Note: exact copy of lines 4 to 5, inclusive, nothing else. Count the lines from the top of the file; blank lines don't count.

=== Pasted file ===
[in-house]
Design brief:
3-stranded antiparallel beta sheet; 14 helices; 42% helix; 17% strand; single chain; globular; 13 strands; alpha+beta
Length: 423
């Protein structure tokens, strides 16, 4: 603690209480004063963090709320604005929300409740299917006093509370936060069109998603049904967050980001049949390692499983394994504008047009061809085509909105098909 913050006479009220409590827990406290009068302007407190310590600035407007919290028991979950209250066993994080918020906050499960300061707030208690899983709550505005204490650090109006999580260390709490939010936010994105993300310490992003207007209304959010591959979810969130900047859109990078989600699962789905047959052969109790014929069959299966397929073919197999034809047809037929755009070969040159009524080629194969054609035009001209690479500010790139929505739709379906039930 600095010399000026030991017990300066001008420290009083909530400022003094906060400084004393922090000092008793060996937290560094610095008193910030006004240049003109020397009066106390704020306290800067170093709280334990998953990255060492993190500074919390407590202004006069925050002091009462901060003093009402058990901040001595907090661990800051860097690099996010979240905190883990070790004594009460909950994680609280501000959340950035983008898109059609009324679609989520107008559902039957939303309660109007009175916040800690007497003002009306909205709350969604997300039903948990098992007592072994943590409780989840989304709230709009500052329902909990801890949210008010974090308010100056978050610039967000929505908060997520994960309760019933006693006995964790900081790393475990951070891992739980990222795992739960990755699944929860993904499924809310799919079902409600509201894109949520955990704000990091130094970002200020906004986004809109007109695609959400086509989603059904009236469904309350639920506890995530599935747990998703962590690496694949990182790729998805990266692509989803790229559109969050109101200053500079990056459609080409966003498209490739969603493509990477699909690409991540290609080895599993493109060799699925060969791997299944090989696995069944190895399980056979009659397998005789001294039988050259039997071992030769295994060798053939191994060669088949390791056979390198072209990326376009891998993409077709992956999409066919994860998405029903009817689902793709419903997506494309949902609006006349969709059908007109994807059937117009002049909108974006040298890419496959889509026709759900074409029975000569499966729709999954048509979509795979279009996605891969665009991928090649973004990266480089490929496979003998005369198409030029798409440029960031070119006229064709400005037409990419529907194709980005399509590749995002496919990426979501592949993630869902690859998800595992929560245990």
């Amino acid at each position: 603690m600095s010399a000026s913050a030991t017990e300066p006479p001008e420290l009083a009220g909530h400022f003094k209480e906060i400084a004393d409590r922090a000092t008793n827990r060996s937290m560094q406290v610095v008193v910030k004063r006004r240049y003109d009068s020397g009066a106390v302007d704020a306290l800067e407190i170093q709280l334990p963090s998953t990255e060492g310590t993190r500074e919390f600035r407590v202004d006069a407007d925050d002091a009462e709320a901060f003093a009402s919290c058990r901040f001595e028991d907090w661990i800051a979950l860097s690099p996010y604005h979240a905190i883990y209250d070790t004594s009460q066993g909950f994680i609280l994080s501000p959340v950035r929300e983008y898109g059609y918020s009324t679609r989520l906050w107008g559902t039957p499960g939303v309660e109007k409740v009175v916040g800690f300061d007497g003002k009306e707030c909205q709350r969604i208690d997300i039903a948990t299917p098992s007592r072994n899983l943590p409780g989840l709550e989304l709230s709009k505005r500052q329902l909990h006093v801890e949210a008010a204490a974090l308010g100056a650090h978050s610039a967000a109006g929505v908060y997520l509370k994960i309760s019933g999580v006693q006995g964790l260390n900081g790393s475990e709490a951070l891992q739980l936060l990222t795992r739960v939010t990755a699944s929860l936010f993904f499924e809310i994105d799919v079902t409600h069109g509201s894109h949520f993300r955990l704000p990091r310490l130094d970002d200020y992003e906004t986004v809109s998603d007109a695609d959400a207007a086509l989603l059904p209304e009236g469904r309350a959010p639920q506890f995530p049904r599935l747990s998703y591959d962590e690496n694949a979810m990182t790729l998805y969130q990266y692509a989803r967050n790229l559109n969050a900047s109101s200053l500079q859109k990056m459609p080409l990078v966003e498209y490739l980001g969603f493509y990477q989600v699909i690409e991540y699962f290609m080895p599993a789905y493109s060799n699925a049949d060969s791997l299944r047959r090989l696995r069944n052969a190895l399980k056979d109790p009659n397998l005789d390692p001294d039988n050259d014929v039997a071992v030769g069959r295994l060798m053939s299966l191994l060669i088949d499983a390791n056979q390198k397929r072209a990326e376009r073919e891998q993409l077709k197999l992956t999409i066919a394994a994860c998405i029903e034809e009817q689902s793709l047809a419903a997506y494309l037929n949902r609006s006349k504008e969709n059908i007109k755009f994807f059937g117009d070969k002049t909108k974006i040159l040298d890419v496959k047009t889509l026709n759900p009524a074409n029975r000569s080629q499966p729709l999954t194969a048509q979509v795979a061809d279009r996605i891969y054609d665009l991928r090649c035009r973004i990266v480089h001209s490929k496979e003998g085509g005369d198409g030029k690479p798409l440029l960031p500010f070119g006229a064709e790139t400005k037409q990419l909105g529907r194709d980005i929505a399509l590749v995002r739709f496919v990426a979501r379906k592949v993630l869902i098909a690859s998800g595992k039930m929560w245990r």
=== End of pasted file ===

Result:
Length: 423
């Protein structure tokens, strides 16, 4: 603690209480004063963090709320604005929300409740299917006093509370936060069109998603049904967050980001049949390692499983394994504008047009061809085509909105098909 913050006479009220409590827990406290009068302007407190310590600035407007919290028991979950209250066993994080918020906050499960300061707030208690899983709550505005204490650090109006999580260390709490939010936010994105993300310490992003207007209304959010591959979810969130900047859109990078989600699962789905047959052969109790014929069959299966397929073919197999034809047809037929755009070969040159009524080629194969054609035009001209690479500010790139929505739709379906039930 600095010399000026030991017990300066001008420290009083909530400022003094906060400084004393922090000092008793060996937290560094610095008193910030006004240049003109020397009066106390704020306290800067170093709280334990998953990255060492993190500074919390407590202004006069925050002091009462901060003093009402058990901040001595907090661990800051860097690099996010979240905190883990070790004594009460909950994680609280501000959340950035983008898109059609009324679609989520107008559902039957939303309660109007009175916040800690007497003002009306909205709350969604997300039903948990098992007592072994943590409780989840989304709230709009500052329902909990801890949210008010974090308010100056978050610039967000929505908060997520994960309760019933006693006995964790900081790393475990951070891992739980990222795992739960990755699944929860993904499924809310799919079902409600509201894109949520955990704000990091130094970002200020906004986004809109007109695609959400086509989603059904009236469904309350639920506890995530599935747990998703962590690496694949990182790729998805990266692509989803790229559109969050109101200053500079990056459609080409966003498209490739969603493509990477699909690409991540290609080895599993493109060799699925060969791997299944090989696995069944190895399980056979009659397998005789001294039988050259039997071992030769295994060798053939191994060669088949390791056979390198072209990326376009891998993409077709992956999409066919994860998405029903009817689902793709419903997506494309949902609006006349969709059908007109994807059937117009002049909108974006040298890419496959889509026709759900074409029975000569499966729709999954048509979509795979279009996605891969665009991928090649973004990266480089490929496979003998005369198409030029798409440029960031070119006229064709400005037409990419529907194709980005399509590749995002496919990426979501592949993630869902690859998800595992929560245990």